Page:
“In our evaluation, the system not only failed to make sure the driver was paying attention, but it also couldn’t tell if there was a driver there at all,” says Jake Fisher, CR’s senior director of auto testing, who conducted the experiment. “Tesla is falling behind other automakers like GM and Ford that, on models with advanced driver assist systems, use technology to make sure the driver is looking at the road….” Read more Hmmmm…Essentially everything is hackable or can be circumvented by those who wish to mis-behave. I’m sure Consumer Report could break into Fort Knox.
The issue here is not about the mis-behavior of the driver,. We have the justice system to deal with that. Hopefully it can deal with this kind of mis-behavior better than it can deal with broken tail lights and hanging air freshner.
It is about the visions and dreams that mativate us to buy these cars that entices us to nisbehave is search of exp[eriencing those dreams. Those are inspired and created to please just a few individuals, the leaders of the corporations that make and want to us to buy these cars. They can simply lead by insisting that their messeages and the messages produced by their minions don’t enjender such behavior. As I’ve written, autoPilot and maybe even FSD, are fantastic Comfort & Control features and may well substantially improve safety, but only if they are used responsibly. The proper use should not be drowned out by hype that clearly can result in tagedy.
Moreover, these leaders can instruct their coders to write code that is smart enough to know when we misbehave in using these systems and do something about it. If the system catches you mis-behaving, it should be written to turn on the emergency flashers, slow down, find a the next opportunity to pull over and stop. It should then disable its operation until the driver gets a note from his mother.
This isn’t tough. This doesn’t need DeepLerning, MachineLearning or the latest AI. It needs responsible leadership stops promoting these products as ways to show off one’s brovado. Why all the ar commercials focused on speed and acceleration? Do we really like to plow through deep snow, driver down river banks and up Great Walls? Really??? So depressing! Alain
R. Mitchell, April 19, “It’s a 21st century riddle: A car crashes, killing both occupants — but not the driver.
That’s what happened over the weekend in Houston, where a Tesla Model S slammed into a tree and killed the two men inside. According to police, one had been sitting in the front passenger seat, the other in the back of the car.
Although investigators have not said whether they believe Tesla’s Autopilot technology was steering, the men’s wives told local reporters the pair went out for a late-night drive Saturday after talking about the system.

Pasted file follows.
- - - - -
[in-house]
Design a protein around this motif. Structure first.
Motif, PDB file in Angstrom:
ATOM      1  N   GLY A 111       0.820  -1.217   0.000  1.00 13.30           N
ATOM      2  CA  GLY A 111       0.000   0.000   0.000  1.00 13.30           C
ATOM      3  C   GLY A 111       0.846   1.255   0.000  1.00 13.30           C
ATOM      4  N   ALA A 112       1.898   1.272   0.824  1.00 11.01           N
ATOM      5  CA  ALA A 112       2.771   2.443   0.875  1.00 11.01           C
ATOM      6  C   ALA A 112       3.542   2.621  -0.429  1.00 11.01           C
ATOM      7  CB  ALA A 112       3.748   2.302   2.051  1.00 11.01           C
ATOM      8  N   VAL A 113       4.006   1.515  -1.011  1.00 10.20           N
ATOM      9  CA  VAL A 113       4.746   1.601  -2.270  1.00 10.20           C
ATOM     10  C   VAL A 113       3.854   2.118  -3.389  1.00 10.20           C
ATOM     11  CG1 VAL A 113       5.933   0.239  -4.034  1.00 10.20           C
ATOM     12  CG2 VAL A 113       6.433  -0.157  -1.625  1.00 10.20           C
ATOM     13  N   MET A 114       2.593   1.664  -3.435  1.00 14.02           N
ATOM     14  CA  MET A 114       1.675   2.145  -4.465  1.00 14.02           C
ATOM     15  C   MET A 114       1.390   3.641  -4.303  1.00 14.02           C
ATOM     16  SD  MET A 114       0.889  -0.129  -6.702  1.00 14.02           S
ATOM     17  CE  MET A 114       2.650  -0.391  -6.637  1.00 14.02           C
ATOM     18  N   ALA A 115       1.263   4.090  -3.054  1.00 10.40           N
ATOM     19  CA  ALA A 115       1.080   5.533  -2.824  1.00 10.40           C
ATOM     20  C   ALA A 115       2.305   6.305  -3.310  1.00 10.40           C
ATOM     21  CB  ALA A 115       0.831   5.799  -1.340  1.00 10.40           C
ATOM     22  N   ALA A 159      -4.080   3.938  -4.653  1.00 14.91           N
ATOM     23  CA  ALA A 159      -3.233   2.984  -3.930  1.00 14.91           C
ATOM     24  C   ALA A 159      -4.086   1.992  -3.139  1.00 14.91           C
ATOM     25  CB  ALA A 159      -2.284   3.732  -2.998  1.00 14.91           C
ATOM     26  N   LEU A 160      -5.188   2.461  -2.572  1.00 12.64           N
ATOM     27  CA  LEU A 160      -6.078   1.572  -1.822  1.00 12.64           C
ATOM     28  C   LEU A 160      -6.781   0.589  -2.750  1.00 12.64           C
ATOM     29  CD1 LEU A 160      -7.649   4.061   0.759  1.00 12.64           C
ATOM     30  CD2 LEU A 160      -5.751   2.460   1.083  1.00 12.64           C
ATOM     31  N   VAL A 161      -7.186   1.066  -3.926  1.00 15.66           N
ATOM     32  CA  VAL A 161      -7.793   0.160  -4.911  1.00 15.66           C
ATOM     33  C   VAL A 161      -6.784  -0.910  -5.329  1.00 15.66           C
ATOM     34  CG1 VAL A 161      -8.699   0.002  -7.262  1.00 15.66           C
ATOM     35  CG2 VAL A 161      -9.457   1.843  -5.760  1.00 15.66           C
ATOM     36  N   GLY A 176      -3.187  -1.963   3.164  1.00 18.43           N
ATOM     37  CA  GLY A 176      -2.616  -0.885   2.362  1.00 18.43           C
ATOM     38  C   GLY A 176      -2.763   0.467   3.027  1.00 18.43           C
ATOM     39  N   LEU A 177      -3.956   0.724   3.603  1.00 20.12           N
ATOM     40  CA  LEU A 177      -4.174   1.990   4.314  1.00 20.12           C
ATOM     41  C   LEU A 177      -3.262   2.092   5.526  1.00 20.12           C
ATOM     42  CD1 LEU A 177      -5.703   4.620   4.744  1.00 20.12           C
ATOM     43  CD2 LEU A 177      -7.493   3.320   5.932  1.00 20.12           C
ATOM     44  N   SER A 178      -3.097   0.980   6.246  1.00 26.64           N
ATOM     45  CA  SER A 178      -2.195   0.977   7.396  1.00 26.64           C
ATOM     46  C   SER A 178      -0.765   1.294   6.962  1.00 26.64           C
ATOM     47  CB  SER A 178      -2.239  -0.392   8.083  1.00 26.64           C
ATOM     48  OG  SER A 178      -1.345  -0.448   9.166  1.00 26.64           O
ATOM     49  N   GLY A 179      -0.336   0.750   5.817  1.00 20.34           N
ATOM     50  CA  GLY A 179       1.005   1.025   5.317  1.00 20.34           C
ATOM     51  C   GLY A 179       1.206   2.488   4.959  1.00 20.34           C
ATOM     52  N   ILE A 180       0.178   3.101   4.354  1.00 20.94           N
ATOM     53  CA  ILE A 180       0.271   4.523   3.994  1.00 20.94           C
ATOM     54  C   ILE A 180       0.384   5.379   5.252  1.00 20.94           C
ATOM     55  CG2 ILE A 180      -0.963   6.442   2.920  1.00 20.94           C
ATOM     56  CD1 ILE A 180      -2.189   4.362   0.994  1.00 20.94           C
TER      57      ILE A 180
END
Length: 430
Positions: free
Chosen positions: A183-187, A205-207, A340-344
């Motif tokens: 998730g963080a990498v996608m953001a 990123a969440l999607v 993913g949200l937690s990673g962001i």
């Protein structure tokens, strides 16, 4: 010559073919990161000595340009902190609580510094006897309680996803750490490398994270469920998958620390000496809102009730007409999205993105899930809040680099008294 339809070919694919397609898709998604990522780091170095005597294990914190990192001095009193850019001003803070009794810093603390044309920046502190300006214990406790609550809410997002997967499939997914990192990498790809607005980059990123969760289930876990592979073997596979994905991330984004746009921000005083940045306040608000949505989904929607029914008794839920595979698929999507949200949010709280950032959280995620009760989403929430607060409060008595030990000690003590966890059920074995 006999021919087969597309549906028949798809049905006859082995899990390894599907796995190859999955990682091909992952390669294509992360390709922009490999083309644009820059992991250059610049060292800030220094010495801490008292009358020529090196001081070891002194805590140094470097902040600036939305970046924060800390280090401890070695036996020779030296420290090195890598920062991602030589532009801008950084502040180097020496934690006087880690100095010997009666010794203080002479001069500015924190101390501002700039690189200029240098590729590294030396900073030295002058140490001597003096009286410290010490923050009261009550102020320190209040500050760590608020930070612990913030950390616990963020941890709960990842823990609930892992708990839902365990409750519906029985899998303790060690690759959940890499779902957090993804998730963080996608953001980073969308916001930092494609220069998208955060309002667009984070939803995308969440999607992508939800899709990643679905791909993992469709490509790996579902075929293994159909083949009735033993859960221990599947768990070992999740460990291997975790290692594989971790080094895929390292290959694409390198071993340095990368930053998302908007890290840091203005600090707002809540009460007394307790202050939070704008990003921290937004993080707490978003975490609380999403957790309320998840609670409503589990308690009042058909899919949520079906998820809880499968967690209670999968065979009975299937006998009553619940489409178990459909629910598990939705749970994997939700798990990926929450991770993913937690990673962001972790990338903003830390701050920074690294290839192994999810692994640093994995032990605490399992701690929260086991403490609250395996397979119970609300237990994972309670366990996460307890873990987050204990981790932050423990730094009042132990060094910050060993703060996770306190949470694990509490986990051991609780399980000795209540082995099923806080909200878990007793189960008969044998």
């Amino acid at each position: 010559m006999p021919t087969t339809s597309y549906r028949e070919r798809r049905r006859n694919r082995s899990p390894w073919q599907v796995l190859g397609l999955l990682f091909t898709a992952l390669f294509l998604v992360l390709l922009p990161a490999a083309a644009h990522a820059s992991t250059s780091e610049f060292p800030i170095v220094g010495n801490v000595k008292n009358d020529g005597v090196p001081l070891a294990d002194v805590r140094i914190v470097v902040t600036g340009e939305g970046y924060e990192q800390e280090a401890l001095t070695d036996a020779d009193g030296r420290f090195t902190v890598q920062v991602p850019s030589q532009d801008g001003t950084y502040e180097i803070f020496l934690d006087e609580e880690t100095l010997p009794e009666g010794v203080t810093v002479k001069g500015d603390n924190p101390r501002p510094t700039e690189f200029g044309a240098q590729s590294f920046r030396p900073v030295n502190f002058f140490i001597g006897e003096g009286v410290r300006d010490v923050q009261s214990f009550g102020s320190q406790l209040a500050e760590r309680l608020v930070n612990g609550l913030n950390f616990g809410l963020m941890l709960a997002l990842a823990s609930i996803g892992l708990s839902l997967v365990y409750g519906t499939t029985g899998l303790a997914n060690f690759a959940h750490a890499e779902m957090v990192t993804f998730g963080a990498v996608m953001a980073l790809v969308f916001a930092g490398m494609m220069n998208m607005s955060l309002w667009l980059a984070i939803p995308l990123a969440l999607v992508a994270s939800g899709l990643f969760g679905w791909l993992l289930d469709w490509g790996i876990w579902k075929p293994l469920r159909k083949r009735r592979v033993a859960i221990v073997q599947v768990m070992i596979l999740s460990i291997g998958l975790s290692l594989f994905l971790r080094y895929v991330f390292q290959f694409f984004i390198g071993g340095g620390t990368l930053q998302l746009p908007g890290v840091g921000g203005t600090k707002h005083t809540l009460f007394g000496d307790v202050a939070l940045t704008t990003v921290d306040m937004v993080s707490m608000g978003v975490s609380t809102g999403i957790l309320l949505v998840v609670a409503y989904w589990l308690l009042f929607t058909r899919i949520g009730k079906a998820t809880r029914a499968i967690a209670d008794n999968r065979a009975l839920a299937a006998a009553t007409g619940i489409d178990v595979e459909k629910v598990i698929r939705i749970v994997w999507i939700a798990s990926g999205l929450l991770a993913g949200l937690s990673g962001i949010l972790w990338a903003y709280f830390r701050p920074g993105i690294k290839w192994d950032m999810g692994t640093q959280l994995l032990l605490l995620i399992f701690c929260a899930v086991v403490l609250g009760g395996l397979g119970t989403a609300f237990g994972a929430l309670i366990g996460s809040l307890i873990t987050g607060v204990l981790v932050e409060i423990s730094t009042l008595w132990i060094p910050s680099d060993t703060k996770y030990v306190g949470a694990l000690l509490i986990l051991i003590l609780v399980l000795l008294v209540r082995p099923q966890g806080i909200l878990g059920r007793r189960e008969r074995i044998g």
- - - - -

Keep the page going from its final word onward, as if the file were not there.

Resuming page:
Tesla Chief Executive Elon Musk pushed back on speculation but also asserted no conclusion, tweeting Monday that “Data logs recovered so far show Autopilot was not enabled.” The company has resisted sharing data logs for independent review without a legal order….” Read more Hmmmm… I’ll stand by my quote…’ “I suspect there will be big fallout from this,” said Alain Kornhauser, head of the driverless car program at Princeton University.” Alain
B. Templeton, April 22, “… Regardless of whether the owner was able to activate Autopilot or ACC or just made a mistake trying to push the accelerator, the real question about this accident is what made somebody do something so fatally foolish? This has been the central question around Tesla’s deployment of these systems. Used correctly, they are useful tools. Driving with Autopilot is at a similar safety level to driving without it. (Not much safer, as Tesla misleadingly claims.) The problem arises because people decide, against all warnings, that it is better than it is, and they misuse it….” Read more Hmmmm…All really good points. The shame is that the Automated Emergncy Braking system which, by its very name, is supposed to interve in and “save-the-day”, may well have been “out-to-lunch” again. (Why does the AEB need lunch???) Alain
T. Lee, April 16, “For years, the NTSB has been calling on Tesla to beef up its driver-monitoring system. But as an investigative agency, the NTSB doesn’t have the power to require automakers to change how their vehicles are designed. The agency that does have that power—NHTSA—has yet to require the use of driver-monitoring systems or set rules for how they work..” Read more Hmmmm… I suspect that the eye tracking system in GM’s SuperCruise can be compromised, but what may well be useful is to not implicitly encourage the the mis-use of these systems, Alain
D. Shepardson, April 22, “Two U.S. senators are working to attach legislation to allow automakers to deploy tens of thousands of self-driving vehicles on U.S. roads to a bipartisan China bill, a significant reform that could help speed the commercial use of automated vehicles.